“He doesn’t have power anymore; he can’t defend anymore. For me, he’s a spare outfielder. He can’t catch up to a good fastball anymore. The only ball he can hit over the fence now is a breaking ball that comes into him. Even if he’s cheating, he has trouble catching up with a good fastball. But he’s a good person, and maybe you’d want him around your young players. One of the questions you’d have to have about him is this: If you bring him in and he can’t play anymore, how messy would it be to release him?”
2, What will 2009 bring for Erik Bedard? One would think that he would be highly motivated for a big season, coming off the disappointment of last year, and headed for free agency. A healthy, productive Bedard would be a huge boost for the Mariners — and perhaps pave the way for a productive trade at the deadline that could salvage the Orioles’ deal.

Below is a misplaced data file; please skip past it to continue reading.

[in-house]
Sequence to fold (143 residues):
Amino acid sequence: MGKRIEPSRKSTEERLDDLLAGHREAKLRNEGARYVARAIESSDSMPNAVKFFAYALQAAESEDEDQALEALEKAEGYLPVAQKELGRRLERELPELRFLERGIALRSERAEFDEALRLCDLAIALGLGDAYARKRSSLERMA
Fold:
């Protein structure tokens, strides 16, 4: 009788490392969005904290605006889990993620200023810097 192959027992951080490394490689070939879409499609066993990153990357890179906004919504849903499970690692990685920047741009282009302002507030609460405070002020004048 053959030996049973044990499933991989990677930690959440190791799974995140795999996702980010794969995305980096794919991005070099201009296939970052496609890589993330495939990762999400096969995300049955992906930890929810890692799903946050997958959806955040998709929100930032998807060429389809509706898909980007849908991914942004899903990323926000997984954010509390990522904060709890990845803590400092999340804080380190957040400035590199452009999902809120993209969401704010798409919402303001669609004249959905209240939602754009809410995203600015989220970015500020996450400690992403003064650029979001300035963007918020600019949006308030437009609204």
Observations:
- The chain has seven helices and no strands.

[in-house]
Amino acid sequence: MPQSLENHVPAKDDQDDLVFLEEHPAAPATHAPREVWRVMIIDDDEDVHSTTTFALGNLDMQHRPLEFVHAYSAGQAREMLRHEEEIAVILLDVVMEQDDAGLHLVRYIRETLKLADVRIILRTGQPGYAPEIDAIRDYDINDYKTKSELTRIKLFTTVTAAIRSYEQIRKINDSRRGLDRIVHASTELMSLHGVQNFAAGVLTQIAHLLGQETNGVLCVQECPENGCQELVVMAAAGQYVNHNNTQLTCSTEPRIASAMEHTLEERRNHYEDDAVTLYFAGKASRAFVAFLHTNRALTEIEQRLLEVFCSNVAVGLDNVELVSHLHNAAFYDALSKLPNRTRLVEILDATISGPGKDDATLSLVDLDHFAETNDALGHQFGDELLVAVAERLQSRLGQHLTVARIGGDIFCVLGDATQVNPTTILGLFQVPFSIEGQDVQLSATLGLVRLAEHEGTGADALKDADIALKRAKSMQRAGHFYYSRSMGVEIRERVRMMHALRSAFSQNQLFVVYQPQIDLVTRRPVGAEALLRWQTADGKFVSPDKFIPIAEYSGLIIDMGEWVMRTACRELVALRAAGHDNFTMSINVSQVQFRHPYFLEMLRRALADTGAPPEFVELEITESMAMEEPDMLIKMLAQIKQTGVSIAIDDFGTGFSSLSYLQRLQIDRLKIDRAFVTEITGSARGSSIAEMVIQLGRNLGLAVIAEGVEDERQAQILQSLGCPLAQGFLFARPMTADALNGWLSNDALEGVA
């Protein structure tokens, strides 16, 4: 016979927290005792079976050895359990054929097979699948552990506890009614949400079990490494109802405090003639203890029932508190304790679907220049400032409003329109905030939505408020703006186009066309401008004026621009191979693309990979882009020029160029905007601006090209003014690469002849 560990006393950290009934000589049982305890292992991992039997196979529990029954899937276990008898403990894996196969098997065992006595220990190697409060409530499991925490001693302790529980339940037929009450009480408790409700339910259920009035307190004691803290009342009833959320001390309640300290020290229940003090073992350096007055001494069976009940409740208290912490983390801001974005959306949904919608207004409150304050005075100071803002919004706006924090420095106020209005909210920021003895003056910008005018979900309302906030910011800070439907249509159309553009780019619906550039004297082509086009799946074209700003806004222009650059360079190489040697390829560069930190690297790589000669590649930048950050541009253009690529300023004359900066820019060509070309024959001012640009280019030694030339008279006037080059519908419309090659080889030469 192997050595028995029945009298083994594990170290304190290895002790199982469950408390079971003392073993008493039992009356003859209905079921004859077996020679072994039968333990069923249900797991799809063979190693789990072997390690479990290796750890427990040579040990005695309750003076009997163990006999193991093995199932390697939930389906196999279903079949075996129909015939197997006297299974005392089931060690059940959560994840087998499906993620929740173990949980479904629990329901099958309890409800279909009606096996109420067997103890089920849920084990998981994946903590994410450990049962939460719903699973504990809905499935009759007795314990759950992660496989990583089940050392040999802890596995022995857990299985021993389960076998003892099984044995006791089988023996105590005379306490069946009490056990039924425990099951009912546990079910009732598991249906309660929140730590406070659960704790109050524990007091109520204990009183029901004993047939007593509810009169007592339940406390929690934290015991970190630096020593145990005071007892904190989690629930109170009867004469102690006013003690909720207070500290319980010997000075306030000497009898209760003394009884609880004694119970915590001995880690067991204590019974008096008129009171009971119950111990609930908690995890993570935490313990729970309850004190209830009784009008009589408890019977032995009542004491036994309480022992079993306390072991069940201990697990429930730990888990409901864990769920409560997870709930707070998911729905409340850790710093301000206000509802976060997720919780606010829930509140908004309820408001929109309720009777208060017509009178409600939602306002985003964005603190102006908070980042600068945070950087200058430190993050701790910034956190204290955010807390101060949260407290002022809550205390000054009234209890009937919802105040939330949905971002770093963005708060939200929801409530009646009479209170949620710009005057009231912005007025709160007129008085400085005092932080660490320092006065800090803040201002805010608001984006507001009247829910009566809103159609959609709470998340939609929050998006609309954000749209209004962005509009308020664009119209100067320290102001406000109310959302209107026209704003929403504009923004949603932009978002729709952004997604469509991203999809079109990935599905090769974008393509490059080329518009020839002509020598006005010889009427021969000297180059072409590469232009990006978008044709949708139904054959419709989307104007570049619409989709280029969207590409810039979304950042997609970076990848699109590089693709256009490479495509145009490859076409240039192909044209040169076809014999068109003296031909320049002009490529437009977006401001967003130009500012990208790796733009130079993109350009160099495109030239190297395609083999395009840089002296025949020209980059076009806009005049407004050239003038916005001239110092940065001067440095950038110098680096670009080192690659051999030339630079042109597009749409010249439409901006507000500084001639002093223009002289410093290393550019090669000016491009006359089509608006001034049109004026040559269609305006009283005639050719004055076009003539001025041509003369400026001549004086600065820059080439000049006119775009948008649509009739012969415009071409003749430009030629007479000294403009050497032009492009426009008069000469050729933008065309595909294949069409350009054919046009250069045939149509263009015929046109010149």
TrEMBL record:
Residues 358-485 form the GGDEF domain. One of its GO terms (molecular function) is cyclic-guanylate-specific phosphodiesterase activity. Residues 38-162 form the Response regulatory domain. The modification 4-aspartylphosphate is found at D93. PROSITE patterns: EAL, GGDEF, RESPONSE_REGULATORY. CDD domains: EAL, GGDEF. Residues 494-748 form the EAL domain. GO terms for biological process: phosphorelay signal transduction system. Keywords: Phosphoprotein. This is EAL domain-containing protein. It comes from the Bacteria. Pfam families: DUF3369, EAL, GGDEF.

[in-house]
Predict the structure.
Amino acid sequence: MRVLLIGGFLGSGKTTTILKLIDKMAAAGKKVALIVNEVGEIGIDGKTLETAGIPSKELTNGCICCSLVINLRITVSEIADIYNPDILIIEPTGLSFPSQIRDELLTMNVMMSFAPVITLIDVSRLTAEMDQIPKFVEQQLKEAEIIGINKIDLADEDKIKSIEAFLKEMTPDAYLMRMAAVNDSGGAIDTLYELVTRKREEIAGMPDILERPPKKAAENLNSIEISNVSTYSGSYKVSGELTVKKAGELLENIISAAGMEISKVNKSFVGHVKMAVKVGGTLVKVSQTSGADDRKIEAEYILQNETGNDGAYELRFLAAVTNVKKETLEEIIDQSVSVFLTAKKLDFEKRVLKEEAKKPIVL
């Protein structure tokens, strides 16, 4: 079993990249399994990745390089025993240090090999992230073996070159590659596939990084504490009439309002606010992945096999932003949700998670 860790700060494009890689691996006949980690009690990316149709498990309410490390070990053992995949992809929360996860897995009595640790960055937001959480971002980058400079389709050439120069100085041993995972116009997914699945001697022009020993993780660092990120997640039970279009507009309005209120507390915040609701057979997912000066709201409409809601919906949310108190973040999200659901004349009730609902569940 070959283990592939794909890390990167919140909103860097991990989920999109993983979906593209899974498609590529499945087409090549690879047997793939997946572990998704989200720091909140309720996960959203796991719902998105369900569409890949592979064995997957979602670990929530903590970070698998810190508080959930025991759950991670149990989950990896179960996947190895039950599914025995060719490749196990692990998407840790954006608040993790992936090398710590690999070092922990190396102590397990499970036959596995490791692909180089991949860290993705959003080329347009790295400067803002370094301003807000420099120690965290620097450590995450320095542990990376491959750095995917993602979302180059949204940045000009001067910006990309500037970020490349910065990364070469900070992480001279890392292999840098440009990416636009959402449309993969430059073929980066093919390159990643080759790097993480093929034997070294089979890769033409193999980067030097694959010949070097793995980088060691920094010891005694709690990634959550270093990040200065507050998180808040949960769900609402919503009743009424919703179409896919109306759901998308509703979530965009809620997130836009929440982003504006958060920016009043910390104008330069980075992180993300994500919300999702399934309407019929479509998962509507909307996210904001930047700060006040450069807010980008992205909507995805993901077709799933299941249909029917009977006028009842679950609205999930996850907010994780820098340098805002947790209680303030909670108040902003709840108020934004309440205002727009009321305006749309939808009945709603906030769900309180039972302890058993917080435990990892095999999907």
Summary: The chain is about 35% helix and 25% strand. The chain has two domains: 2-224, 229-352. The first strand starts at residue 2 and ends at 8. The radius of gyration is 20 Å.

3, How’s the catching going to sort out? It’s going to be a weird situation, because Kenji Johjima will be with Team Japan at the outset of camp — and if Japan advances to the championship game of the World Baseball Classic again, the Mariners won’t get him full-time until after the title game, March 23 at Dodger Stadium. That leaves an opening for Jeff Clement to get a lot of Cactus League playing time and make his case. Not to mention Rob Johnson, Jamie Burke and Adam Moore.